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Superfreakonomics: Chapter 3

ALTRUISM
by

Julien Coleman

on 19 April 2011

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Transcript of Superfreakonomics: Chapter 3

SUPERFREAKONOMICS Chapter 3: Altruism EXAMPLES Mr. FRICk donates a kidney to his uncle to save his life. ALTRUISM Mr. Frick sends a contribution to a "feed the poor" campaign after guilt realizing how well off is. Viewpoints on Altruism People seem to be more altruistic when they feel that they are required to be altruistic. Reason is, when rules and guidelines are placed on an activity,
it questions a person's conscience. In most cases, the average person will be altruistic because the rules force him or her to think they have to or should be altruistic. Tests such as in superfreakonomics show on average that when a person does not have guidelines to follow or no limitations, that person will not be altruistic or less altruistic Possible Solutions to increase Altruistic Actions Reward people with benefits for committing altruistic actions such as pointing out a thief, or assisting the police with crime scenes. Reward a city with many benefits based on the improvement of crime reduction. TeRMS 1. Altruism: The belief in or practice of disinterested and selfless concern for the well-being of others.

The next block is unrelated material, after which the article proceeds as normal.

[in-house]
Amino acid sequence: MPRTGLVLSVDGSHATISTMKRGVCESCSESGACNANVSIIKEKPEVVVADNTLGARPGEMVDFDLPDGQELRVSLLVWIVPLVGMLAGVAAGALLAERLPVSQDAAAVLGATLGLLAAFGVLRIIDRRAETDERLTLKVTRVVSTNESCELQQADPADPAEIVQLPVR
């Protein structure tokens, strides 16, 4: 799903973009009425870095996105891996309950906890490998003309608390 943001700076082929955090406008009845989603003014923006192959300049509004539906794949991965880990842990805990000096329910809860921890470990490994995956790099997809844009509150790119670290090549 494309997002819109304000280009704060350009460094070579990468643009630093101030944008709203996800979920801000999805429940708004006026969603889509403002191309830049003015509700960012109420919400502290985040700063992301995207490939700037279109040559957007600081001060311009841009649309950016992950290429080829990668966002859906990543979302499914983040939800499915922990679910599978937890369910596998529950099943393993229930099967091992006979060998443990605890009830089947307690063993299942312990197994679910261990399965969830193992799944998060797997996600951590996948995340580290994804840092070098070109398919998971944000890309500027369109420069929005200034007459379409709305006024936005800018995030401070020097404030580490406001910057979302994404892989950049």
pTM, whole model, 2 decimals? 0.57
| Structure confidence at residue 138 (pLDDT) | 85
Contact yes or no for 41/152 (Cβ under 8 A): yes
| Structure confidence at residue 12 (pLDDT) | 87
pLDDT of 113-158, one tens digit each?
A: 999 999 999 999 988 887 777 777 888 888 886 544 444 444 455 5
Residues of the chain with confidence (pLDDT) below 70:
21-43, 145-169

2. Cost-Benefit Analysis-A cost benefit analysis is done to determine how well, or how poorly, a planned action will turn out.
3. incentive-something that incites or tends to incite to action or greater effort, as a reward offered for increased productivity.
4.commensurate value: intended to be suitable for the quality, status, or value of someone or something
a pay increase commensurate with job performance.
5. delagation: Grant of authority by one party (the delegator) to another (the delgatee) for agreed purpose(s). Under the legal concept of vicarious liability, the delegator remains responsible for the delegatee's acts or omissions in carrying out the purpose of the delegation.

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